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01.12.2017 | Research article | Ausgabe 1/2017 Open Access

BMC Cardiovascular Disorders 1/2017

Auscultatory versus oscillometric blood pressure measurement in patients with atrial fibrillation and arterial hypertension

BMC Cardiovascular Disorders > Ausgabe 1/2017
Aistėja Šelmytė–Besusparė, Jūratė Barysienė, Dovilė Petrikonytė, Audrius Aidietis, Germanas Marinskis, Aleksandras Laucevičius
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Electronic supplementary material

The online version of this article (doi:10.​1186/​s12872-017-0521-6) contains supplementary material, which is available to authorized users.



The aim of our study was to investigate the reliability of automated oscillometric blood pressure (BP) monitoring in the presence and absence of atrial fibrillation (AF) in hypertensive patients.


BP was measured and compared in 71 randomly selected patients with AF and arterial hypertension diagnosis, 4 times each by auscultatory and oscillometric (Microlife BP A6 PC with AF detection system) methods.


Study included 71 patients: 36 males (mean age 67.4 years) and 35 females (70.2 years). At the time of BP measuring procedure, 36 patients were in sinus rhythm (SR) and 35 in AF. In SR patients mean systolic blood pressure (SBP) was 132 ± 17.9 mmHg with auscultatory method (AM), 137.4 ± 19.4 mmHg with oscillometric method (OM); mean diastolic BP was 77.1 ± 10.9 mmHg (AM), 78.5 ± 12.2 mmHg (OM), in AF patients mean SBP was 127.5 ± 15.1 mmHg (AM), 133.6 ± 17.4 mmHg (OM); mean diastolic BP was 81.4 ± 9.9 mmHg (AM), 83.5 ± 11.8 mmHg (OM), p = 0.037. The averages of differences for SBP and DBP in sinus rhythm group were (−5.3 mmHg (95% limits of agreement −27.2 – 16.6)) and (−1.4 mmHg (95% limits of agreement −12.8 – 10.0)), respectively. In patients with AF the averages of differences for SBP and DBP were (−6.1 mmHg (95% limits of agreement −23.9 – 11.7)) and (−2.1 mmHg (95% limits of agreement −12.9 – 8.7)), respectively.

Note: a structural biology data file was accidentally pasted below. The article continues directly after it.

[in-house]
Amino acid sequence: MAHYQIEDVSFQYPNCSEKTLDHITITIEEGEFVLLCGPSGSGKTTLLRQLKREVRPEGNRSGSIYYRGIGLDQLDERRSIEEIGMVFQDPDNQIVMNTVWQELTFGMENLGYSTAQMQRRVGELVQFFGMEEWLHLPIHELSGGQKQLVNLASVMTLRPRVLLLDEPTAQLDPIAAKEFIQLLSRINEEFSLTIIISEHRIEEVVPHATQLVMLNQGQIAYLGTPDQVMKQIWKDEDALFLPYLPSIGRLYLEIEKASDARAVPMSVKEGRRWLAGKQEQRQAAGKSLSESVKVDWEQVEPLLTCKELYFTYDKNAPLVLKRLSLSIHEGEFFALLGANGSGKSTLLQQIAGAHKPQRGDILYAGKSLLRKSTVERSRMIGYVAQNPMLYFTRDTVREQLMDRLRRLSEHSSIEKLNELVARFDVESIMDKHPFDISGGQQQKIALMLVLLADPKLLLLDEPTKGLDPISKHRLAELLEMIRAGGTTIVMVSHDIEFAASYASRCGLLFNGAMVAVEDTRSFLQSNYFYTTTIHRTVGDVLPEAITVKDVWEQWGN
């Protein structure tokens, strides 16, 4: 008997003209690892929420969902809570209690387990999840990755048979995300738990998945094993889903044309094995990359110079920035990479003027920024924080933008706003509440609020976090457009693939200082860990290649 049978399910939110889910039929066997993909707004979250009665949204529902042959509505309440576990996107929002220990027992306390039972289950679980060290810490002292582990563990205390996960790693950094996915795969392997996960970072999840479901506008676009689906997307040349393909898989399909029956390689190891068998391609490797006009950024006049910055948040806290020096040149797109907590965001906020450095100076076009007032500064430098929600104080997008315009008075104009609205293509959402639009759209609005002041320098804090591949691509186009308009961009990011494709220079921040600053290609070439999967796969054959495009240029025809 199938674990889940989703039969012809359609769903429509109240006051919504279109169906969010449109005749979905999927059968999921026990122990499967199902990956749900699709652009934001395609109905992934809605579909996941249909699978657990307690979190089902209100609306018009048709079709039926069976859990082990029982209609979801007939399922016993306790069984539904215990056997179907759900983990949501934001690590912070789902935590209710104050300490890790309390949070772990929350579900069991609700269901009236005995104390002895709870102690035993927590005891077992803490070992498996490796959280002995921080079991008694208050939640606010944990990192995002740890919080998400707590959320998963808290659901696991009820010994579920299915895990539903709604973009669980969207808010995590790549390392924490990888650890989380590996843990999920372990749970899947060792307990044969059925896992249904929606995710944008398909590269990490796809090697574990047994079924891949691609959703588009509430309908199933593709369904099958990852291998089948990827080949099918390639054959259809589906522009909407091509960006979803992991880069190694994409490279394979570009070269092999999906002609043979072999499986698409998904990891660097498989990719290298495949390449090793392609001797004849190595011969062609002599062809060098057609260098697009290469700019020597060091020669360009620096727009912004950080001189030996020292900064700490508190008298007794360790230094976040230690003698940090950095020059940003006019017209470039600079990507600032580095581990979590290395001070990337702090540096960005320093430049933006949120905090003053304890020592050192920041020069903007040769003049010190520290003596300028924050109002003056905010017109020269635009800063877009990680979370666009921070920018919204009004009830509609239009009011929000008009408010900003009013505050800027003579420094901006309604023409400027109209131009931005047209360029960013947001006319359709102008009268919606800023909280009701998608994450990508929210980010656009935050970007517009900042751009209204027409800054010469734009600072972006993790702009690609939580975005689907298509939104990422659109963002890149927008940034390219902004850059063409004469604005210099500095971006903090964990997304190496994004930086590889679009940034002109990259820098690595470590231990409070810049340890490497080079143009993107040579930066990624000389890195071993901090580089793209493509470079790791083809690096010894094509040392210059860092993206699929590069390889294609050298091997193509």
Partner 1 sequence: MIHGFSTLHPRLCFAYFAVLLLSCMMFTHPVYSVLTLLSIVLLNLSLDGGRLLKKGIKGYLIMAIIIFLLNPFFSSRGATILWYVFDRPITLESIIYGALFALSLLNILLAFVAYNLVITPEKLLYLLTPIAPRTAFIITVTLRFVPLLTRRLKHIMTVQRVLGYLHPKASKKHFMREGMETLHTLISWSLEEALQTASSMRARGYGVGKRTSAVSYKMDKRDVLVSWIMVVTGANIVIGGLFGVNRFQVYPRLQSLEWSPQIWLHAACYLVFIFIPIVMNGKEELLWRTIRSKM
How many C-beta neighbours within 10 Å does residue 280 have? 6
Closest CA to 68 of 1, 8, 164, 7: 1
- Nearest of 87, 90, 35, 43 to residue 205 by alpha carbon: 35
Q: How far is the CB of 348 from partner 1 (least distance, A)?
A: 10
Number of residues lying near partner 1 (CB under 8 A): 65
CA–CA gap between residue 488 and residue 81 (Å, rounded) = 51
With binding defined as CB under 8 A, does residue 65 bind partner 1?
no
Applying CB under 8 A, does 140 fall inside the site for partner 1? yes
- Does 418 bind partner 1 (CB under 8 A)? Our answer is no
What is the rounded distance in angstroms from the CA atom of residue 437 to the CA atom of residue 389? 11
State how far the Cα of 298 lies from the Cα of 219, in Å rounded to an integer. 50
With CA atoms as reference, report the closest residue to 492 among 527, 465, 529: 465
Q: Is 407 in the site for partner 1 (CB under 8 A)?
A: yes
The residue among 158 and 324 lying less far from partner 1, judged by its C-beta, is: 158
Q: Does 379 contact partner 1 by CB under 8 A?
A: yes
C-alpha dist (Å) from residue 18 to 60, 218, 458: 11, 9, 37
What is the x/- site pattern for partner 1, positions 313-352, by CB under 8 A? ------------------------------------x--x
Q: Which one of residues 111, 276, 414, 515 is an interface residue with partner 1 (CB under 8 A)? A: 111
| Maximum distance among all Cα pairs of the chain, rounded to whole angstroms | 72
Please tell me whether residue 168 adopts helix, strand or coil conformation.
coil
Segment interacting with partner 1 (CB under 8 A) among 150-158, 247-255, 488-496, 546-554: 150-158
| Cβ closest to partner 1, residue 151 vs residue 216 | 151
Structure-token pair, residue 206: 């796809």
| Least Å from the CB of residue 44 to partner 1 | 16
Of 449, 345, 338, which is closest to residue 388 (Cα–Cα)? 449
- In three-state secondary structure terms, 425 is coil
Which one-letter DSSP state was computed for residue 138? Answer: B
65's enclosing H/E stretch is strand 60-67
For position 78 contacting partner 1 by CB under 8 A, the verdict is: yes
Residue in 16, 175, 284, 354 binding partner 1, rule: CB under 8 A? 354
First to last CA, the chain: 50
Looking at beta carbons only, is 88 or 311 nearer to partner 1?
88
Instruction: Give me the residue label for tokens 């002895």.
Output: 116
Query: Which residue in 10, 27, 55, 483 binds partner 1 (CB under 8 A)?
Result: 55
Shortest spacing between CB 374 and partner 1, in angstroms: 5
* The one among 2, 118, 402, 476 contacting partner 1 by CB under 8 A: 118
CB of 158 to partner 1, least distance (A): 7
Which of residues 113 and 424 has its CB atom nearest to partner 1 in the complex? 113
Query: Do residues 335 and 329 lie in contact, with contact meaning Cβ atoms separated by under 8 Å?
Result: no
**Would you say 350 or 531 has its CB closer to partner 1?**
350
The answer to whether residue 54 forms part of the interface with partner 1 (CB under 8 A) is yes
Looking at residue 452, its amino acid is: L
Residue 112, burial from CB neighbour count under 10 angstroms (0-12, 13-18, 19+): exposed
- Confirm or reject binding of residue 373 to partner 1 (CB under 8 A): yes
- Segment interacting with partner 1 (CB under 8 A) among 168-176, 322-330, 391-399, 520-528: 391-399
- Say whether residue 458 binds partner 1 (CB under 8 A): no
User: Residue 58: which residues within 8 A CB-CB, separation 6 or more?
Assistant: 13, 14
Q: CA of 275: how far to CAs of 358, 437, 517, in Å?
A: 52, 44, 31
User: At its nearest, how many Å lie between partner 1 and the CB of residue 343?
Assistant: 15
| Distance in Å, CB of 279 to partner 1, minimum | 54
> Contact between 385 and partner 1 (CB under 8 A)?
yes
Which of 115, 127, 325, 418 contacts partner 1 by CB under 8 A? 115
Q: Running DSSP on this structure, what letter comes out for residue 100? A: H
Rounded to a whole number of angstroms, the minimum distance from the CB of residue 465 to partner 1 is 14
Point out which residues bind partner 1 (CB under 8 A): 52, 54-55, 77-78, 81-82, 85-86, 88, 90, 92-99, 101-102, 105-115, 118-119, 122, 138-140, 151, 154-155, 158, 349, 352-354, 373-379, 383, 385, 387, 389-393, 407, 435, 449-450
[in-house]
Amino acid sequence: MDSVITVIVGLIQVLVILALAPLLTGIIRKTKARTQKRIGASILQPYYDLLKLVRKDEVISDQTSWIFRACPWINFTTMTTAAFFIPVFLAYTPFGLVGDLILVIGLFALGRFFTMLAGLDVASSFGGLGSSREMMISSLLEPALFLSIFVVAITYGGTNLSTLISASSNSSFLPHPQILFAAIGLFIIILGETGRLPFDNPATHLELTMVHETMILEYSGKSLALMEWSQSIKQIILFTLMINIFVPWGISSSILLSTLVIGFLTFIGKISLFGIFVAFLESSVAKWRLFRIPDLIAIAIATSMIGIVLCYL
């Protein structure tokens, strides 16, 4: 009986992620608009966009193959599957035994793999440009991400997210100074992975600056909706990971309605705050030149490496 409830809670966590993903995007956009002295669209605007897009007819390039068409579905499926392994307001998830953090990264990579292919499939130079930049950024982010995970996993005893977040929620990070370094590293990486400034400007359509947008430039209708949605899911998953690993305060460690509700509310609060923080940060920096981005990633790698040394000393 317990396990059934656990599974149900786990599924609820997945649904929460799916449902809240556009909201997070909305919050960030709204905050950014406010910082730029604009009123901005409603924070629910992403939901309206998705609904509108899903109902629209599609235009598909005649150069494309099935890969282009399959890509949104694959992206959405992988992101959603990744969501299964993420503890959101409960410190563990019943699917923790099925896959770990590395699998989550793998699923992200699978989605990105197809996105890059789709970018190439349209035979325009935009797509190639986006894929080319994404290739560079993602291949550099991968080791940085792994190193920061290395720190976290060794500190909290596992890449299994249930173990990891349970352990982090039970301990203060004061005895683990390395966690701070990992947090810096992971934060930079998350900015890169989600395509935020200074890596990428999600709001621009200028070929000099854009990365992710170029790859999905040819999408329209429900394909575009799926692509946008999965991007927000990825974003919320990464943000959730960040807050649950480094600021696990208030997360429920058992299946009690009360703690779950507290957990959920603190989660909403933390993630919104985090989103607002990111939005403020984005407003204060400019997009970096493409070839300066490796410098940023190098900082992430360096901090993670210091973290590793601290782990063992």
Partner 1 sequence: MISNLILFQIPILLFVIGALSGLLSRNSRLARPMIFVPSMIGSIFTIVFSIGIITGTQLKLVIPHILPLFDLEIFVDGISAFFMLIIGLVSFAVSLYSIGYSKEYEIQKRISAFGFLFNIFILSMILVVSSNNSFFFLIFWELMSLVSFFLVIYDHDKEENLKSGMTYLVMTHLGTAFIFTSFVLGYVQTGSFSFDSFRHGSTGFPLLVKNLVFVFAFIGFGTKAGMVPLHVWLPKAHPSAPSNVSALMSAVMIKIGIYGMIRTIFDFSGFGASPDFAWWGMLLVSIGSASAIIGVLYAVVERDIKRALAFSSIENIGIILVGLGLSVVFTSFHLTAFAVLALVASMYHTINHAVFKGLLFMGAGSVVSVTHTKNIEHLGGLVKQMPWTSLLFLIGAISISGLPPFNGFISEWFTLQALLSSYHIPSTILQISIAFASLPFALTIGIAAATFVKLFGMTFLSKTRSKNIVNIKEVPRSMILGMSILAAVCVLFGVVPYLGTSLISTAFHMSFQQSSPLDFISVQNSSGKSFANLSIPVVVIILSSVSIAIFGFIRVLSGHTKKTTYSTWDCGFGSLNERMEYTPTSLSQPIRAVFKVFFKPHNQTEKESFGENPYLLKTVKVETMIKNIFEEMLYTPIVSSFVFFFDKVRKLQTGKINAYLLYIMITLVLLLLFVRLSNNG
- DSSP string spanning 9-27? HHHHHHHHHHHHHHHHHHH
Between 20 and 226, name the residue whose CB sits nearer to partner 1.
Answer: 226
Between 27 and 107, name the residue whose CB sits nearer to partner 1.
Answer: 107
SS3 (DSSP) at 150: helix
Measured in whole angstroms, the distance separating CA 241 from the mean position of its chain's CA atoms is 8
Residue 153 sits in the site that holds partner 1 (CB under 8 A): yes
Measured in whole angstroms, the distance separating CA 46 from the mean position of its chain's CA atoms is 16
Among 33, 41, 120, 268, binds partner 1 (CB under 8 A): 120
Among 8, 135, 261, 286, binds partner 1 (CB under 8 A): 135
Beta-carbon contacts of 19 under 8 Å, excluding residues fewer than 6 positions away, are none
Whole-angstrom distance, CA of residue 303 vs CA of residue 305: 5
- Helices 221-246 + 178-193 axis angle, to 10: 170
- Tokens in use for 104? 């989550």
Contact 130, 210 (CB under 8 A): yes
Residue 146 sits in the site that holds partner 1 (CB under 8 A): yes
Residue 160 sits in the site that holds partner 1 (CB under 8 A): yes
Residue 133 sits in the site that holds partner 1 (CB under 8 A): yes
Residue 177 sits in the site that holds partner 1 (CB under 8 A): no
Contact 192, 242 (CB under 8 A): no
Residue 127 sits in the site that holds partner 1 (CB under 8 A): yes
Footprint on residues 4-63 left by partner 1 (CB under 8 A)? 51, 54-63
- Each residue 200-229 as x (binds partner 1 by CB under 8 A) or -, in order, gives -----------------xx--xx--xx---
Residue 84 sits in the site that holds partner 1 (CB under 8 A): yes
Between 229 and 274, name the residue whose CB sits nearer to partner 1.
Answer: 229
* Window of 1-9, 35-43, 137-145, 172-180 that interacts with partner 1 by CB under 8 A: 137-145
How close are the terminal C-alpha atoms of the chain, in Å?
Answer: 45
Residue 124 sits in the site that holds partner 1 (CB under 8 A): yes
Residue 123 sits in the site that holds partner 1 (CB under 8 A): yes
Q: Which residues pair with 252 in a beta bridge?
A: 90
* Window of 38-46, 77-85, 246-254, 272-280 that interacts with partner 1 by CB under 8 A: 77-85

The oscillometric device validated for patients with AF on average gives 5.3 mmHg higher systolic BP values for patients with SR and 6.3 mmHg higher BP values for patients with AF. However, the limits of agreement between two methods reveal wide range of random error rates which is a questionable topic in clinical practice, as it could possibly affect the treatment of arterial hypertension in patients with AF.
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